Survey Form - Material Design & Utility-First CSS - Review Requested

Survey Form - Material Design & Utility-First CSS - Review Requested
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#1

Please review my survey form for the beta curriculum’s Build a Survey Form project.

Project: https://camper-fcc.gitlab.io/survey-form/
GitLab Code: https://gitlab.com/camper-fcc/survey-form

Here are some details of my project:

Thank you for your time and input! :sunny:


Build a Survey Form Project Questions, Discussions, and Resources (January 2018 Cohort)
#2

That looks really nice on mobile! I might have to pick your brain on grid/flex, I’ve had nothing but trouble with mine. That favicon is pretty sweet too, nice job.


#3

I can’t spot any thing strange with your code (I would be surprised if I could though) and you coded with standards (or “standards”) in mind as usual, which is nice to see; and awesome work on the no-media queries responsive layout using CSS Grid and Flexbox!

I haven’t taken any design courses, and the follow comments are all aesthetics-related, so please take it with a grain of salt.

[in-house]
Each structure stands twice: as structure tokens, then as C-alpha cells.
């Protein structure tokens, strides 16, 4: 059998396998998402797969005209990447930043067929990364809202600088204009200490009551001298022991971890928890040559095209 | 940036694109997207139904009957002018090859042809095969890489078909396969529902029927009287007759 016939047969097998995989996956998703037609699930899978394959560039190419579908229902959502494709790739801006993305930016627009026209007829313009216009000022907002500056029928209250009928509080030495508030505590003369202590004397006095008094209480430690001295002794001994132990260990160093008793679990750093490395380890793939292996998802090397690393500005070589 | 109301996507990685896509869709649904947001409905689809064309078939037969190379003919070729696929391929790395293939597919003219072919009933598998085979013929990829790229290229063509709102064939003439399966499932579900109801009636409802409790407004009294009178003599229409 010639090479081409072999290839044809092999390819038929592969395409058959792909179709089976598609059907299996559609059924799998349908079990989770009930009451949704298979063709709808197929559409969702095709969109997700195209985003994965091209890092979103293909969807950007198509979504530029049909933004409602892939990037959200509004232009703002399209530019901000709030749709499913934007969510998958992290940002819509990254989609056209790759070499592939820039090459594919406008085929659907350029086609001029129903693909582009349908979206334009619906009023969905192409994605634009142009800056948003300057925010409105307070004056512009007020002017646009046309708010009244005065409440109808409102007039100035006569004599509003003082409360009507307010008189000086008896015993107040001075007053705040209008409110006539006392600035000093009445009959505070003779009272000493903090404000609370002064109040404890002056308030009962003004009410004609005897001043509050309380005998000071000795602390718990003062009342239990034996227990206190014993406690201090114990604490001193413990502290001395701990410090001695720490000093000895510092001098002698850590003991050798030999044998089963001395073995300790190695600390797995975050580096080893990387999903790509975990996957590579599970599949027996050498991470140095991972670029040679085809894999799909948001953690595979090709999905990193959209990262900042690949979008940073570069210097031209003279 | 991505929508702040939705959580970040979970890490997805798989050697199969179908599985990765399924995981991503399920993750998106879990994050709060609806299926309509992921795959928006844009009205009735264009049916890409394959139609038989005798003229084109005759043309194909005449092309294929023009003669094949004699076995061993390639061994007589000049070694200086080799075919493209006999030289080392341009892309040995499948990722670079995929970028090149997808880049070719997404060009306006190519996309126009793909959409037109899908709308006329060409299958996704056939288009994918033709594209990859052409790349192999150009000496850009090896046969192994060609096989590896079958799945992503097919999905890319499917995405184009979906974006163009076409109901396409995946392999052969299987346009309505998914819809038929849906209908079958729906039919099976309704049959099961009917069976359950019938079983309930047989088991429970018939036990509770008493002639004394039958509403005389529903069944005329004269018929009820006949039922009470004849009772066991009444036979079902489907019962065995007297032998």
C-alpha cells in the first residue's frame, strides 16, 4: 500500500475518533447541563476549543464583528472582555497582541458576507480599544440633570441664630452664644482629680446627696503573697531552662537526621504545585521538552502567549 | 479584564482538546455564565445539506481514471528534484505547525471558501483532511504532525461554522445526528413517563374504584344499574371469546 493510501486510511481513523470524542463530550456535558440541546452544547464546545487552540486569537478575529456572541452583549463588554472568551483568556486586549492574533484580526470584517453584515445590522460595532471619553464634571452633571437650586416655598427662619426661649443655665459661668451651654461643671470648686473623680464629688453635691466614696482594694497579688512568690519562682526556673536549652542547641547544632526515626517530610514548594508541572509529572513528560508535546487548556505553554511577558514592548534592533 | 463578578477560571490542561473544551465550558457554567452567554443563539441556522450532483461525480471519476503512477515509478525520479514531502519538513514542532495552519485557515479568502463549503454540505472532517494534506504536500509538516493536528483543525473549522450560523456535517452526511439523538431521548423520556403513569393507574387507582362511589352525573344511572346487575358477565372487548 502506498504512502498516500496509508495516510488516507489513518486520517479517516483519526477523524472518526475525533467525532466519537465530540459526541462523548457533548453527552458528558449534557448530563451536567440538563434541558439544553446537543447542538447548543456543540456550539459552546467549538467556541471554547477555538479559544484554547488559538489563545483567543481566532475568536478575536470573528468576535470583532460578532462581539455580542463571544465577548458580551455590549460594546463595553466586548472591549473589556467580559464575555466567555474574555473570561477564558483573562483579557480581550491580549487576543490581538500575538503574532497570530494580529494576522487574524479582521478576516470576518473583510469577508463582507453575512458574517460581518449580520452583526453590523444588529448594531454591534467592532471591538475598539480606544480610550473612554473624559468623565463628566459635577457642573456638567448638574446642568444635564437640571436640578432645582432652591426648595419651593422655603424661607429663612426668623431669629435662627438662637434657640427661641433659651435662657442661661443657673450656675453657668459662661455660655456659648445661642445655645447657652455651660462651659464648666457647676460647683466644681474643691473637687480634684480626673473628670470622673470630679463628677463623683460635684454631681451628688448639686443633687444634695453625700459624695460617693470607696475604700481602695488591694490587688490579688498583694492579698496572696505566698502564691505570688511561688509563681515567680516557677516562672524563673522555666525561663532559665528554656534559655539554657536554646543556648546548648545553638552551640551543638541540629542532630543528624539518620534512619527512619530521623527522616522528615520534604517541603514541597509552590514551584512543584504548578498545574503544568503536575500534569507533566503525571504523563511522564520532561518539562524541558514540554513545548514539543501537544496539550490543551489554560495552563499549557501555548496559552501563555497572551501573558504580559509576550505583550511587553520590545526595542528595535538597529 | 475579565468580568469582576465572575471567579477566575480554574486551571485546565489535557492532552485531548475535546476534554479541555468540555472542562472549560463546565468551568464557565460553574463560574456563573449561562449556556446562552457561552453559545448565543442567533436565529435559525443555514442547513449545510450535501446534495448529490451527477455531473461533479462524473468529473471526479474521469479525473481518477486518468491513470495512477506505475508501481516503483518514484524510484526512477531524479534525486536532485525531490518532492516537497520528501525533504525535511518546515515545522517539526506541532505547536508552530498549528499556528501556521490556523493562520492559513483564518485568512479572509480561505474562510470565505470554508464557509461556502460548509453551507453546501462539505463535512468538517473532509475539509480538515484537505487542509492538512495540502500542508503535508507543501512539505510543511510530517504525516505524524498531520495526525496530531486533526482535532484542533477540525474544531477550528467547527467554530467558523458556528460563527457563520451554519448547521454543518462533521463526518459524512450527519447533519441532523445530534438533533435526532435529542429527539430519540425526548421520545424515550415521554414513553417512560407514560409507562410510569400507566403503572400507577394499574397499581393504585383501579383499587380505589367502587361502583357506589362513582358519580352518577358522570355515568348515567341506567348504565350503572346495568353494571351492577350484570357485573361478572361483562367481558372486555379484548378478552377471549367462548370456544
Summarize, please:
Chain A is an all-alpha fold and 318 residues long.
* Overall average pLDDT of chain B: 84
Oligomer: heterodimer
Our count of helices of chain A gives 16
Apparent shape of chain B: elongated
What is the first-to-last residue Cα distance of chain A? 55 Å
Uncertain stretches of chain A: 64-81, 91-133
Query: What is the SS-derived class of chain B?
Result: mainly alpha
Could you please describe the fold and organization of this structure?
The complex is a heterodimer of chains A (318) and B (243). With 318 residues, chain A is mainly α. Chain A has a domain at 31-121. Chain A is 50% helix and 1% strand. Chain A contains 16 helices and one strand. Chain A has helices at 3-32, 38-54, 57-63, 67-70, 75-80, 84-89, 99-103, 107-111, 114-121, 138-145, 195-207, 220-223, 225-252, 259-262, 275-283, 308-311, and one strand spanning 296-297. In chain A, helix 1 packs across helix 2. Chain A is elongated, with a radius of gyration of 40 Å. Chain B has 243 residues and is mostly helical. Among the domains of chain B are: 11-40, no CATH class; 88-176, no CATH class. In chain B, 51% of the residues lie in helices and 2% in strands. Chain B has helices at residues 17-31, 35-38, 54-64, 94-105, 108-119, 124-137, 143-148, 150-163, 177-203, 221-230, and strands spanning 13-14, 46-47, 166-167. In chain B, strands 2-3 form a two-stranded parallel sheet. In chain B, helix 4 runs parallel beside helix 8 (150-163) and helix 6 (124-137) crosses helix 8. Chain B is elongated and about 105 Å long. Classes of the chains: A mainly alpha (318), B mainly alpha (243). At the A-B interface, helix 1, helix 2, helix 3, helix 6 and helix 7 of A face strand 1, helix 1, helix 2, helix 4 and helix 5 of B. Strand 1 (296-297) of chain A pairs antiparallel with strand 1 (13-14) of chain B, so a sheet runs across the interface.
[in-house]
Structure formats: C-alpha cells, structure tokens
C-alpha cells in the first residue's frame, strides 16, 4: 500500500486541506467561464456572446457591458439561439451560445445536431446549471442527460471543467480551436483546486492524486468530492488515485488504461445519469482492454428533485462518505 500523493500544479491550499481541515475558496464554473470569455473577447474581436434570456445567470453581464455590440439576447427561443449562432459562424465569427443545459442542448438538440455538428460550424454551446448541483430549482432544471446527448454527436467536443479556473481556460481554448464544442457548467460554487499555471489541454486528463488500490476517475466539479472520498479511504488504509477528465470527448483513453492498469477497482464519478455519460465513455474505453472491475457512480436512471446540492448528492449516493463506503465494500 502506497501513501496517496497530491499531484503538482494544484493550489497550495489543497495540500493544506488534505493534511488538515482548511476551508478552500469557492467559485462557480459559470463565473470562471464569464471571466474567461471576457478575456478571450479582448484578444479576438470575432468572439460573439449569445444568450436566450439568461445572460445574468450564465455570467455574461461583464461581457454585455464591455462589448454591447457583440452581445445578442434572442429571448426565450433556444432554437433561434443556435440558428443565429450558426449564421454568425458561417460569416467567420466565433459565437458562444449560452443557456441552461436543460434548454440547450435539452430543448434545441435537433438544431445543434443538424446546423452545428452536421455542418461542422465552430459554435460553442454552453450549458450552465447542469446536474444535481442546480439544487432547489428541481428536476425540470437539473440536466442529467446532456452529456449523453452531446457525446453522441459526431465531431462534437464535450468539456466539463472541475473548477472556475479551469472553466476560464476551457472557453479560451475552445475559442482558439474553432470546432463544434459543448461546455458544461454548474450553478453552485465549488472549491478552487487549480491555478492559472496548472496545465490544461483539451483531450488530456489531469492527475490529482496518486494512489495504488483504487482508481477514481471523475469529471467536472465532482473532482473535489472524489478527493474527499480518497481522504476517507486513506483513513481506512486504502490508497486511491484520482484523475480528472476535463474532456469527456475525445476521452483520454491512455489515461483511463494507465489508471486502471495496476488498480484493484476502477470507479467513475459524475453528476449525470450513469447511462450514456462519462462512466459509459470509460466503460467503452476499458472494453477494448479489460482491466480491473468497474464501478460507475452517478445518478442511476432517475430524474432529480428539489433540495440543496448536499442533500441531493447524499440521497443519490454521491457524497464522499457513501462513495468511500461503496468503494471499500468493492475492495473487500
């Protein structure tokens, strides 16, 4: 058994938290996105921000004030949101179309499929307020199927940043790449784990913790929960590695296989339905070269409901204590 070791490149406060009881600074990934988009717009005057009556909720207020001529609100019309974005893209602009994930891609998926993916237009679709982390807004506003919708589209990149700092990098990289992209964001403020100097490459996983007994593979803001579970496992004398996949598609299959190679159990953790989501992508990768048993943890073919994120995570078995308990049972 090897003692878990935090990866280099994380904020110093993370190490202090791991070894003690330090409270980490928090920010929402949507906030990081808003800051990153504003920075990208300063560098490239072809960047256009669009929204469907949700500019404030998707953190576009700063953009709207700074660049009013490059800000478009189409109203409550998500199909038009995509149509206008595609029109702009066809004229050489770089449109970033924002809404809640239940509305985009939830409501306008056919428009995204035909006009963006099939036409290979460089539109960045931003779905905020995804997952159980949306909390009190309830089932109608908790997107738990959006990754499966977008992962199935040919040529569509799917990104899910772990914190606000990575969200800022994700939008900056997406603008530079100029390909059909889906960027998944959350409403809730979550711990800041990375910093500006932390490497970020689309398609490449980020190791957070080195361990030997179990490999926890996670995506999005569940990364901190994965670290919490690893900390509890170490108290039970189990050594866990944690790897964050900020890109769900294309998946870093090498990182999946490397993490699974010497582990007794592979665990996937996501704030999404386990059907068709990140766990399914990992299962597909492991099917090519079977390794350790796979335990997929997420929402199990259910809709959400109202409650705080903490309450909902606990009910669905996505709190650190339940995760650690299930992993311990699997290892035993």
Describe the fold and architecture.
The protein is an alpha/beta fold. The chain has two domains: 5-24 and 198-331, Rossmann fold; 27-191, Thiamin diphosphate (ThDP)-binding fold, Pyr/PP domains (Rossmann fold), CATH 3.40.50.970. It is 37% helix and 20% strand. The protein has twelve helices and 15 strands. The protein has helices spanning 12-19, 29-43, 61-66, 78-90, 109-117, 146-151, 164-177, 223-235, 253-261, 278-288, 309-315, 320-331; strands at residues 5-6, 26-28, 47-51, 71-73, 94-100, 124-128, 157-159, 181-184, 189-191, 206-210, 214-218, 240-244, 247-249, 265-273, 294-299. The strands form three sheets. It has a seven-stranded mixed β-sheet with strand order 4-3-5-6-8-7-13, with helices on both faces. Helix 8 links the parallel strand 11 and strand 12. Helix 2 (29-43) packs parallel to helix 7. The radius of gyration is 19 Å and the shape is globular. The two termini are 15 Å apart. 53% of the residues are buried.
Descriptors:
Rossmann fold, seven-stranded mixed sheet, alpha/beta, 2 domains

One thing a bit strange to me is the static header, mostly because it has no utility on a survey form and takes up a fair amount space (Medium on mobile is a pretty bad offender of this). :sweat:

Even in cases where a static header has utilities (such as one with a mini login component), its size is often reduced on scroll on pages that take screen estate seriously. If it wasn’t a deliberate design choice, perhaps you could consider other type of static navigation such as a scroll-to-top button, or an expandable menu, that has a non-intrusive alpha value (particularly on mobile; although it is worth noting that scroll-to-top may be kind of useless on mobile since most browsers already let you do that).

I think generally speaking the controls could use a bit more padding, it may be worthwhile consulting the Material Design (MD) specifications if you are keen on using more of it in your projects. Alternatively, many have already done the hard work of writing MD components libraries and I think you can (probably) simply change the colour scheme (it can certainly be done with material-ui, but it’s React based and it’s the only one I have used so far); this also has the advantage of quirks like on-hover border radius in some of your components (I’ve done the same thing before :sweat_smile:).